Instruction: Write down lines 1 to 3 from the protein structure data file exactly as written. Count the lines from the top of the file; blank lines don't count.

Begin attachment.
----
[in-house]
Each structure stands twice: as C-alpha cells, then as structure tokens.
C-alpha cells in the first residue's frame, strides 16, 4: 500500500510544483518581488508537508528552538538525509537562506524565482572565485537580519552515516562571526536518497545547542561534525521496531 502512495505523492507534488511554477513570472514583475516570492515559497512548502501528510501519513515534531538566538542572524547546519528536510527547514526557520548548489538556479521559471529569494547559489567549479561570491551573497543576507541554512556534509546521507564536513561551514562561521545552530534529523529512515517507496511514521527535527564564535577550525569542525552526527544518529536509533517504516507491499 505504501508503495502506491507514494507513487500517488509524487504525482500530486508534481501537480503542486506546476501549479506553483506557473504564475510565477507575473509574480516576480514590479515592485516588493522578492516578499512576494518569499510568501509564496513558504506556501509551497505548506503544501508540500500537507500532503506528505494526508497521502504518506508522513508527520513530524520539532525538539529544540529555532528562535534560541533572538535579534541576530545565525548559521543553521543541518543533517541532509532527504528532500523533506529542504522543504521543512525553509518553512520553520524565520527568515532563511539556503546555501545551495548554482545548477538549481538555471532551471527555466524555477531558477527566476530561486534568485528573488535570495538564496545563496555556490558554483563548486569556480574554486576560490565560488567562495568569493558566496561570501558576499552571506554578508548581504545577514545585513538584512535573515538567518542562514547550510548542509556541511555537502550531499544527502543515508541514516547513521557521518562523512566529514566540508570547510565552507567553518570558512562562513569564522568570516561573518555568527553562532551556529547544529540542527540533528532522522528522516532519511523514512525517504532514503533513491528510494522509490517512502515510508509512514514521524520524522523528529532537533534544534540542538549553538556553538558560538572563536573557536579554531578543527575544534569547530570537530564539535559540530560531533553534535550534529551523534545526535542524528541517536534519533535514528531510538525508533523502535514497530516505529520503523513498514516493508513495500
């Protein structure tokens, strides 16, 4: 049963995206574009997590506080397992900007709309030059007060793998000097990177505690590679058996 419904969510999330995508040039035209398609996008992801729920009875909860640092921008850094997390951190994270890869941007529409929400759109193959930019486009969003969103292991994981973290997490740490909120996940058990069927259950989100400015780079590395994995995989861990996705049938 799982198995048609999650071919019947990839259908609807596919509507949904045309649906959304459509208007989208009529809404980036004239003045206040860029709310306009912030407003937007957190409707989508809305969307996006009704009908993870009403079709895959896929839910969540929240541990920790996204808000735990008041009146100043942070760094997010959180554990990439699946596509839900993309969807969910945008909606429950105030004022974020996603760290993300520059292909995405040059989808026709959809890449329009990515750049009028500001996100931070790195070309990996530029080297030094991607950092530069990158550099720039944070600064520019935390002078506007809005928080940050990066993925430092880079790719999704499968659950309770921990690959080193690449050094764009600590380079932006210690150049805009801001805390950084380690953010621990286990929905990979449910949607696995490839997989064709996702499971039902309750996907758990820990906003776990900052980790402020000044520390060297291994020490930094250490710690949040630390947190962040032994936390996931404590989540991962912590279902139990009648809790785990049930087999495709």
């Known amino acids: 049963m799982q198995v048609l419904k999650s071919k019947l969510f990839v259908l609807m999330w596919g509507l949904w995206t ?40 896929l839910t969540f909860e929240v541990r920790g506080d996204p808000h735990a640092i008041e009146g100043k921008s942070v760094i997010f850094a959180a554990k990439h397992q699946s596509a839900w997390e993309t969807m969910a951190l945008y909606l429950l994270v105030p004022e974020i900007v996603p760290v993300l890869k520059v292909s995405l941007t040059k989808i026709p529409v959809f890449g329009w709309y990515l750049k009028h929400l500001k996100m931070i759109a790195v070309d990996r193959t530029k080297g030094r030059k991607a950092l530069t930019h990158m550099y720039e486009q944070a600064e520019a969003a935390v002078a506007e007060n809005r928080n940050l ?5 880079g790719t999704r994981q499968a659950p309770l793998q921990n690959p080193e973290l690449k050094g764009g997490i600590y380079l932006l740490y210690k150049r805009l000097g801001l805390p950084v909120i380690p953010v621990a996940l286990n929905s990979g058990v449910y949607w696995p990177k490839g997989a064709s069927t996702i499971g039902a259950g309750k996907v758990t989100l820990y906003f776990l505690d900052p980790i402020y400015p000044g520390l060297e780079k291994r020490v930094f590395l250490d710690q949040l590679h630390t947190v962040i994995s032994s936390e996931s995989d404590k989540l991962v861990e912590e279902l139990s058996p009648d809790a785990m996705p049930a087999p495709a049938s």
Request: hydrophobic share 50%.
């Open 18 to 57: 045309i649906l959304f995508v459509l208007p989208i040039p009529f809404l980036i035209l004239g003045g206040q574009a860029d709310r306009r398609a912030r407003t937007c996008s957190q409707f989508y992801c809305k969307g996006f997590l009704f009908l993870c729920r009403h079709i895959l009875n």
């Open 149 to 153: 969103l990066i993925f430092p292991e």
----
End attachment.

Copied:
[in-house]
Each structure stands twice: as C-alpha cells, then as structure tokens.
C-alpha cells in the first residue's frame, strides 16, 4: 500500500510544483518581488508537508528552538538525509537562506524565482572565485537580519552515516562571526536518497545547542561534525521496531 502512495505523492507534488511554477513570472514583475516570492515559497512548502501528510501519513515534531538566538542572524547546519528536510527547514526557520548548489538556479521559471529569494547559489567549479561570491551573497543576507541554512556534509546521507564536513561551514562561521545552530534529523529512515517507496511514521527535527564564535577550525569542525552526527544518529536509533517504516507491499 505504501508503495502506491507514494507513487500517488509524487504525482500530486508534481501537480503542486506546476501549479506553483506557473504564475510565477507575473509574480516576480514590479515592485516588493522578492516578499512576494518569499510568501509564496513558504506556501509551497505548506503544501508540500500537507500532503506528505494526508497521502504518506508522513508527520513530524520539532525538539529544540529555532528562535534560541533572538535579534541576530545565525548559521543553521543541518543533517541532509532527504528532500523533506529542504522543504521543512525553509518553512520553520524565520527568515532563511539556503546555501545551495548554482545548477538549481538555471532551471527555466524555477531558477527566476530561486534568485528573488535570495538564496545563496555556490558554483563548486569556480574554486576560490565560488567562495568569493558566496561570501558576499552571506554578508548581504545577514545585513538584512535573515538567518542562514547550510548542509556541511555537502550531499544527502543515508541514516547513521557521518562523512566529514566540508570547510565552507567553518570558512562562513569564522568570516561573518555568527553562532551556529547544529540542527540533528532522522528522516532519511523514512525517504532514503533513491528510494522509490517512502515510508509512514514521524520524522523528529532537533534544534540542538549553538556553538558560538572563536573557536579554531578543527575544534569547530570537530564539535559540530560531533553534535550534529551523534545526535542524528541517536534519533535514528531510538525508533523502535514497530516505529520503523513498514516493508513495500